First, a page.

But the Komen Foundation has come under fire from pro-life activists who don't understand how the organization can work so hard to save lives, and at the same time give substantial grants to Planned Parenthood. Recently, the foundation has given grants to Planned Parenthood chapters in Colorado, Texas, Oklahoma, Ohio and Michigan.
“It's an absolute conflict of interest,” said Karen Malec, a volunteer with the Illinois-based Coalition on Abortion/ Breast Cancer. “They're dedicated to eradicating breast cancer, yet they give money to an organization that provides abortion — which is one of the known causes of breast cancer. Planned Parenthood markets itself as a servant of the poor, but it serves low-income women about as well as a tobacco company providing screenings for lung cancer to the poor.”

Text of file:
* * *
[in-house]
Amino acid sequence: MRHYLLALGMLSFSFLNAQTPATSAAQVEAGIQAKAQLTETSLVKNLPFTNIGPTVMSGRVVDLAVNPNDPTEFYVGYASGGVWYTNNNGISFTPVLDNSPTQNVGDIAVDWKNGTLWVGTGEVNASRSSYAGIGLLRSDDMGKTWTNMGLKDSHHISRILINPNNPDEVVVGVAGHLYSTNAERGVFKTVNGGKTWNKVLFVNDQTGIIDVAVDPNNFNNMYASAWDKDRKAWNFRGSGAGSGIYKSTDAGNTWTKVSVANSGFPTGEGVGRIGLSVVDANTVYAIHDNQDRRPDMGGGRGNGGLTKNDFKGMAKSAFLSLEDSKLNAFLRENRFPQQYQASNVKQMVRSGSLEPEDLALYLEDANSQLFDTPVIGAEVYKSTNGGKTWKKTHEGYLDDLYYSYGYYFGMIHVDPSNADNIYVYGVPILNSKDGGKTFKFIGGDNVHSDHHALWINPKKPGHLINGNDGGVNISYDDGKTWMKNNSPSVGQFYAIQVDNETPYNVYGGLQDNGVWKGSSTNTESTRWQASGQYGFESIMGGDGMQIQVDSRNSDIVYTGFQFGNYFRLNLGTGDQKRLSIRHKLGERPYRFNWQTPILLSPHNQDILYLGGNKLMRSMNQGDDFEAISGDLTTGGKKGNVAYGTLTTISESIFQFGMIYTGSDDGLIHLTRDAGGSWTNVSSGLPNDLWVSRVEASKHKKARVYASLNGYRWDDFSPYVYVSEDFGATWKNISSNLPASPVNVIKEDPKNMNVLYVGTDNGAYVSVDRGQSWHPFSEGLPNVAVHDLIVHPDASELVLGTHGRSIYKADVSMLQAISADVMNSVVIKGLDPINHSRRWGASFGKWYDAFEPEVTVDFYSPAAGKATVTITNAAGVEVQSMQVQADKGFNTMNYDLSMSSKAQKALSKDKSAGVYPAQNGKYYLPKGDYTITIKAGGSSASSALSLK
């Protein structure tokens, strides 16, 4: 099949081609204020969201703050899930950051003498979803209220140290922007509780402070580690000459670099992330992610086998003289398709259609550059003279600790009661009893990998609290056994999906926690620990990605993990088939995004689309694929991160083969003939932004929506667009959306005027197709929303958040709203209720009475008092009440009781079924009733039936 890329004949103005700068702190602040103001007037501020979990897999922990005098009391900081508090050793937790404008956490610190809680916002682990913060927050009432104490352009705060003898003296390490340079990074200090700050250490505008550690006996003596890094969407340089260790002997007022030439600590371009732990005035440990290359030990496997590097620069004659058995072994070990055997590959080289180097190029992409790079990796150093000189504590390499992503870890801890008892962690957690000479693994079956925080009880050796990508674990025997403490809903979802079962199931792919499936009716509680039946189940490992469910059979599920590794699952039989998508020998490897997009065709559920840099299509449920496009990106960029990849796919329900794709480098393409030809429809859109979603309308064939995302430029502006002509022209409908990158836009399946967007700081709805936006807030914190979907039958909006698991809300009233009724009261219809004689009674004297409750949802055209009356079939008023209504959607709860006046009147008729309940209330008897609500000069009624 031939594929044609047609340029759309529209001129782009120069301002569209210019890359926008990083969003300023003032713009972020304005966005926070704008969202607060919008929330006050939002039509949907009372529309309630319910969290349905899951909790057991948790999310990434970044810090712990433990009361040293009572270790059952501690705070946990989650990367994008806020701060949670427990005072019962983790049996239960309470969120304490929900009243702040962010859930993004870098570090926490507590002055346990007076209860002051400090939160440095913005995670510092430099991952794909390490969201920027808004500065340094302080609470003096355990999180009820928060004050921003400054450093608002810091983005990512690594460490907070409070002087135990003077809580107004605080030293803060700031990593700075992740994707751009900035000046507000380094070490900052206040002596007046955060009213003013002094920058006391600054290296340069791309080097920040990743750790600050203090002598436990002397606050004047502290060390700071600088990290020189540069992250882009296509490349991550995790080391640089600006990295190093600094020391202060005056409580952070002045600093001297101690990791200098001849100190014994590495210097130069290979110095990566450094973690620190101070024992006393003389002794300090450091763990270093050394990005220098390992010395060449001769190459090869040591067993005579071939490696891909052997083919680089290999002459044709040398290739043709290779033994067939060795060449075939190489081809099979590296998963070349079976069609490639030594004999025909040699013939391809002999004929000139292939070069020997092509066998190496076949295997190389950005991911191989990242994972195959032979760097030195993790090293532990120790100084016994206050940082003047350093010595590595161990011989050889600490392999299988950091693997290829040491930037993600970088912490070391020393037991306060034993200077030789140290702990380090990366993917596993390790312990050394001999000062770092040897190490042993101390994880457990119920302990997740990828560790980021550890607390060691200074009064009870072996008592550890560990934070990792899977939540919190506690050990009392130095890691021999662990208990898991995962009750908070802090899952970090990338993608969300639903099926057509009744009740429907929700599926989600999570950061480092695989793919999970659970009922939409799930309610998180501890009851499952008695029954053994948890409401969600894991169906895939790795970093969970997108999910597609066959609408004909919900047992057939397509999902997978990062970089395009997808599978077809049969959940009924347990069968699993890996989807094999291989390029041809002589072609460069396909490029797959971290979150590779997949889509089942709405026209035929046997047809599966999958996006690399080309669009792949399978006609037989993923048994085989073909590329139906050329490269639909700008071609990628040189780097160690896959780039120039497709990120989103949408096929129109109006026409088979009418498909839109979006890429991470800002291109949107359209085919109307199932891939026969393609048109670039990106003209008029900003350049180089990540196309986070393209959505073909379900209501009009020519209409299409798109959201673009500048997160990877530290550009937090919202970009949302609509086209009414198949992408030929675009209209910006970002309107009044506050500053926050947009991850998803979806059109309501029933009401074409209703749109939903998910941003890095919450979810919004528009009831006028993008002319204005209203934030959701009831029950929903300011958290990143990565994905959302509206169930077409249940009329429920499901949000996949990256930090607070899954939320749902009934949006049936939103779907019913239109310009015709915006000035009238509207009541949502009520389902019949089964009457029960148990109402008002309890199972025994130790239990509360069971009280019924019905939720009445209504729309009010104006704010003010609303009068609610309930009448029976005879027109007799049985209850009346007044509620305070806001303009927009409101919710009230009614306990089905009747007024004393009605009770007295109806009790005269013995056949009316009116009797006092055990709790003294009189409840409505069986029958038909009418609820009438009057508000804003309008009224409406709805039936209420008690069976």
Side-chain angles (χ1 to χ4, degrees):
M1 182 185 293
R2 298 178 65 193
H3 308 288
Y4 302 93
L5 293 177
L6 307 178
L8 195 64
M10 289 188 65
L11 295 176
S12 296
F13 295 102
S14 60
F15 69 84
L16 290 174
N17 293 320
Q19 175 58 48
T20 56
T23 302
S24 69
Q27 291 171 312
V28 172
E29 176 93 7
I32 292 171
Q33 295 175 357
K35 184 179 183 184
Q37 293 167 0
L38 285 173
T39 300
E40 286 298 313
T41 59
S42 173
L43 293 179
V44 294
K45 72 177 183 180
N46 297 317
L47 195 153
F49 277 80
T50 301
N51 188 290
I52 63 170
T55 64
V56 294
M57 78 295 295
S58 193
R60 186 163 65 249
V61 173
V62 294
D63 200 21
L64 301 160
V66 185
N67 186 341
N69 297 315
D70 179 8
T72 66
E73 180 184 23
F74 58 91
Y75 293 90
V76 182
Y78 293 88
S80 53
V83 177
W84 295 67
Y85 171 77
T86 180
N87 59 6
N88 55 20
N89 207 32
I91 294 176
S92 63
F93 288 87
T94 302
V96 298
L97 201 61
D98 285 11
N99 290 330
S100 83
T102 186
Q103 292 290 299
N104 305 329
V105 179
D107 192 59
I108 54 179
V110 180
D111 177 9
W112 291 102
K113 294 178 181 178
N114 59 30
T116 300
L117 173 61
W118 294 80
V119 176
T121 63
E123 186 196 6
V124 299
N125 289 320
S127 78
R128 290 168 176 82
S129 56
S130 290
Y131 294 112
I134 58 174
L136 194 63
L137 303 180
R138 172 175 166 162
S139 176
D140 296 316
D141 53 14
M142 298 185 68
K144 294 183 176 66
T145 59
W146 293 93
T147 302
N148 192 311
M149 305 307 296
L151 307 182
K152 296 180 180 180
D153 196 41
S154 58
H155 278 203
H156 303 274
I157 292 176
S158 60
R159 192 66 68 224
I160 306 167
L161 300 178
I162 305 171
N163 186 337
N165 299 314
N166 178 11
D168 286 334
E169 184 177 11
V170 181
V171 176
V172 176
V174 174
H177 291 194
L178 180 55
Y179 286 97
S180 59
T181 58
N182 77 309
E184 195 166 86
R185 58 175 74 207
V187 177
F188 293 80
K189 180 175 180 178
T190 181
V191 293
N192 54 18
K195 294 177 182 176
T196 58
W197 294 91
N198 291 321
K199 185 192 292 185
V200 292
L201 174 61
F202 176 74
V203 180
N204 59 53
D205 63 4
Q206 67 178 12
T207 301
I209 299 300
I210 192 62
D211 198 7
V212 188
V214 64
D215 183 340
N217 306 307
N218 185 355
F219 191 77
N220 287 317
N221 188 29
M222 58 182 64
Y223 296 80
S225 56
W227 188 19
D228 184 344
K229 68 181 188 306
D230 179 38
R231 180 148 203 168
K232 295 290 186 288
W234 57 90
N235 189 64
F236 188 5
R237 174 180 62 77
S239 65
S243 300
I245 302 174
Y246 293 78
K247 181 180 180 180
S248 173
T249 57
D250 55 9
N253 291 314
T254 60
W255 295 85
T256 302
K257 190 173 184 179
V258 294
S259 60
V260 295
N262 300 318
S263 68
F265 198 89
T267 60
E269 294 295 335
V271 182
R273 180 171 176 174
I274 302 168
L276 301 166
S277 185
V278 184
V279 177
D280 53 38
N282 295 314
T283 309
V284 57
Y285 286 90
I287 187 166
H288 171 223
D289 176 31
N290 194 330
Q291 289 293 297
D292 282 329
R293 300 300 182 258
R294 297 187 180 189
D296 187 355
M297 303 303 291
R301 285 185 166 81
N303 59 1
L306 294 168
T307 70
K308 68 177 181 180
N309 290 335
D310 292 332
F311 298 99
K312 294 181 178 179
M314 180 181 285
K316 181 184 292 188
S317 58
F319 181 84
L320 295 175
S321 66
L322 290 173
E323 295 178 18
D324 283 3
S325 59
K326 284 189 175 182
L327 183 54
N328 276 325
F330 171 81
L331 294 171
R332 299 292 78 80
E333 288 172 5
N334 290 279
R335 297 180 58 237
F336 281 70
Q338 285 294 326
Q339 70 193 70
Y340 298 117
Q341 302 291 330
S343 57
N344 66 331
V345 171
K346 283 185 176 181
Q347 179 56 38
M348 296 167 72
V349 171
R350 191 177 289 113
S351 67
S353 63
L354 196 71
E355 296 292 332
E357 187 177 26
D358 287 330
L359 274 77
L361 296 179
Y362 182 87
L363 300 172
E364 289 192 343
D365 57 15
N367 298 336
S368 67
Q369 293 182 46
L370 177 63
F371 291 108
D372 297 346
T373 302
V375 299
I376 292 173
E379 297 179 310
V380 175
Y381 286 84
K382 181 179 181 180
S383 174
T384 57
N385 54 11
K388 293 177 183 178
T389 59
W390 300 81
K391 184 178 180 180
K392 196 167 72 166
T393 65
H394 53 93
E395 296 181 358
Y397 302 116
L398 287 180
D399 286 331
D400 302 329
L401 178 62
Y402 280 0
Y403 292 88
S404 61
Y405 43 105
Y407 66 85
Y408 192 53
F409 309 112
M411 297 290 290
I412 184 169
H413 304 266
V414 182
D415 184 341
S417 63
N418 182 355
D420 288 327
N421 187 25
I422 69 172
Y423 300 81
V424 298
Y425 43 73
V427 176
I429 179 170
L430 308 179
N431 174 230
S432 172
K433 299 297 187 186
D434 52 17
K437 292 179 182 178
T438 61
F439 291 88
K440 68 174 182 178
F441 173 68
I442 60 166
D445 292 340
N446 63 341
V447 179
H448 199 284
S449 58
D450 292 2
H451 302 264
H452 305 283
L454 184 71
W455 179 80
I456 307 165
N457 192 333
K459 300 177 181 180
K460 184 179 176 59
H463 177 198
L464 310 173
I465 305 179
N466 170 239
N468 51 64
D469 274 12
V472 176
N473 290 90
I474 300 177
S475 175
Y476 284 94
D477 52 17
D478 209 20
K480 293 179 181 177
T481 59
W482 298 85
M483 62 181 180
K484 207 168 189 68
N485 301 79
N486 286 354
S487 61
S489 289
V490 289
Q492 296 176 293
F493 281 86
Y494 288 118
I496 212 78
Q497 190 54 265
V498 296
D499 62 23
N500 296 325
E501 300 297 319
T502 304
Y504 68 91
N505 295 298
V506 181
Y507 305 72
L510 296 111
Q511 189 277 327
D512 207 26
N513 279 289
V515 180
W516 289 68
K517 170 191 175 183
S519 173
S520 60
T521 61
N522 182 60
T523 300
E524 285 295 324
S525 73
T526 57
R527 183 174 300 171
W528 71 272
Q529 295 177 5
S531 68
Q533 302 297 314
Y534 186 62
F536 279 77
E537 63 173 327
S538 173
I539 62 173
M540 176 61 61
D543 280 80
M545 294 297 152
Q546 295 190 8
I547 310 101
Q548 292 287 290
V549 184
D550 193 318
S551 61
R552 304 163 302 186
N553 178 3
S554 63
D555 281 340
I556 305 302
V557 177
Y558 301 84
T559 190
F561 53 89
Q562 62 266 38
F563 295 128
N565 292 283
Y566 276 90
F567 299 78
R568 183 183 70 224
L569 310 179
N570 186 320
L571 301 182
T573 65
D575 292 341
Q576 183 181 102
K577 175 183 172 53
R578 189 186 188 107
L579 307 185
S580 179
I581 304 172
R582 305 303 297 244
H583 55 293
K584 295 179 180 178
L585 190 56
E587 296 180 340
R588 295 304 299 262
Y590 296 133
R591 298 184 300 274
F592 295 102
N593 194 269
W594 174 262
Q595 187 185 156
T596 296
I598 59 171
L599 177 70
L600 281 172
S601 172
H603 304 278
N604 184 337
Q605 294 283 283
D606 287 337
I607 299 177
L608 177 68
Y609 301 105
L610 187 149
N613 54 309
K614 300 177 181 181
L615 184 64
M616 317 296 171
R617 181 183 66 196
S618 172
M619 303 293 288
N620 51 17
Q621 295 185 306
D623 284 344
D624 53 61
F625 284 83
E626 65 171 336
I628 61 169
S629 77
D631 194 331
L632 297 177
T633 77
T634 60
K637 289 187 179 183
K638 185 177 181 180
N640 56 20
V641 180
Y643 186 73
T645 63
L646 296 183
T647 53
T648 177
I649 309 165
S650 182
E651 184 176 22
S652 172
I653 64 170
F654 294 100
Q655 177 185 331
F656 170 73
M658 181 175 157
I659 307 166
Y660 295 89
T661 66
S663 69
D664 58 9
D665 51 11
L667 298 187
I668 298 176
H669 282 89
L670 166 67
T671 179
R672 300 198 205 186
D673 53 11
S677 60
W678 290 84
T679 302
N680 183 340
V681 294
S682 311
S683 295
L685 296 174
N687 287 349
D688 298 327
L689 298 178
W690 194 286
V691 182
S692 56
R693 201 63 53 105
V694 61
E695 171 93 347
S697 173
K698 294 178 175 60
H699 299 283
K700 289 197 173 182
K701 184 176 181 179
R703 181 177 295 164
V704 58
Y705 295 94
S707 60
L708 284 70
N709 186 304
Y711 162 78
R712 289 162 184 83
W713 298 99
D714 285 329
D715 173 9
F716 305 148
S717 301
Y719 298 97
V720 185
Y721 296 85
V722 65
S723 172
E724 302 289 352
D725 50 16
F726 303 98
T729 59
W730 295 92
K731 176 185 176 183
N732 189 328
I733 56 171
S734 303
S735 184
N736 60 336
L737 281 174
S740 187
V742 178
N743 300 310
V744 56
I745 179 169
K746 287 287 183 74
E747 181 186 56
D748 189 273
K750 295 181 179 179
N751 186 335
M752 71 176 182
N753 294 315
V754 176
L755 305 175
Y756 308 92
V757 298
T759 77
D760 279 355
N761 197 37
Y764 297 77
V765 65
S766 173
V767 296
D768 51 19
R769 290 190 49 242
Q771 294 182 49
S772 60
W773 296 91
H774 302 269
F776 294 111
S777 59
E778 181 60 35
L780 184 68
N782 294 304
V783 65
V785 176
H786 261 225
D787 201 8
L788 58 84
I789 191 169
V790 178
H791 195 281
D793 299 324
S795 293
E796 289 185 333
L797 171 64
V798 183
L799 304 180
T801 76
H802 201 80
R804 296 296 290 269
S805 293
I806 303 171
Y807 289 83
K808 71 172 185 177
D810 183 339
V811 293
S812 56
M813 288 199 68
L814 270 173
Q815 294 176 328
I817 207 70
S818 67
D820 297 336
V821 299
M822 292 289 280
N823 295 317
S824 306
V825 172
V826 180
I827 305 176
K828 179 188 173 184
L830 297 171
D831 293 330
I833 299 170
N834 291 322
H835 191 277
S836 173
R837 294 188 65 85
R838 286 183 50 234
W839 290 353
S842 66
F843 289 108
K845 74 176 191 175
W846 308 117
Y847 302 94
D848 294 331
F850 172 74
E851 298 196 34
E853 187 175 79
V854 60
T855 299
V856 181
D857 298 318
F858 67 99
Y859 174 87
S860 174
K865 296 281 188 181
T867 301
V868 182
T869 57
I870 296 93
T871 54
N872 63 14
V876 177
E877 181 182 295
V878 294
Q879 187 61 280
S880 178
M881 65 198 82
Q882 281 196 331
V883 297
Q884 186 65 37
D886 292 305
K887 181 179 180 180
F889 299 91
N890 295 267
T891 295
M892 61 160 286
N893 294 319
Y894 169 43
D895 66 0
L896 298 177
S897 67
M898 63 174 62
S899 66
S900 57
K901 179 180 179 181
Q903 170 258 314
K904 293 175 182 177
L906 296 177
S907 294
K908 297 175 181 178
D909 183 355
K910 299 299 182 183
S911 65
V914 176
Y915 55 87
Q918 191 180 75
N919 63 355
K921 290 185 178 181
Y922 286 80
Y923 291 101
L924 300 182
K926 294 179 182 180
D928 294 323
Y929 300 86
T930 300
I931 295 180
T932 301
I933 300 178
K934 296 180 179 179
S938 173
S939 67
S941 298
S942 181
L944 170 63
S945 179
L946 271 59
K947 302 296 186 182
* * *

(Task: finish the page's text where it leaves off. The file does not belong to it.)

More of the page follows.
Lightsey said the grants to Planned Parenthood offend her, even though she had no knowledge of medical research that links abortion to breast cancer.
“It's completely offensive,” she said. “Here's an organization that raises money to save lives, yet they give some of that money to an organization that kills the unborn.”
Linda Frame, an advanced oncology nurse and senior clinical advisor for the Susan G. Komen Foundation, says grants are given to Planned Parenthood because the organization provides mammograms and other forms of breast cancer screening to women without health insurance.
But, said Lightsey, “There are many other organizations that provide those services, so they don't have to give money to an abortion provider.”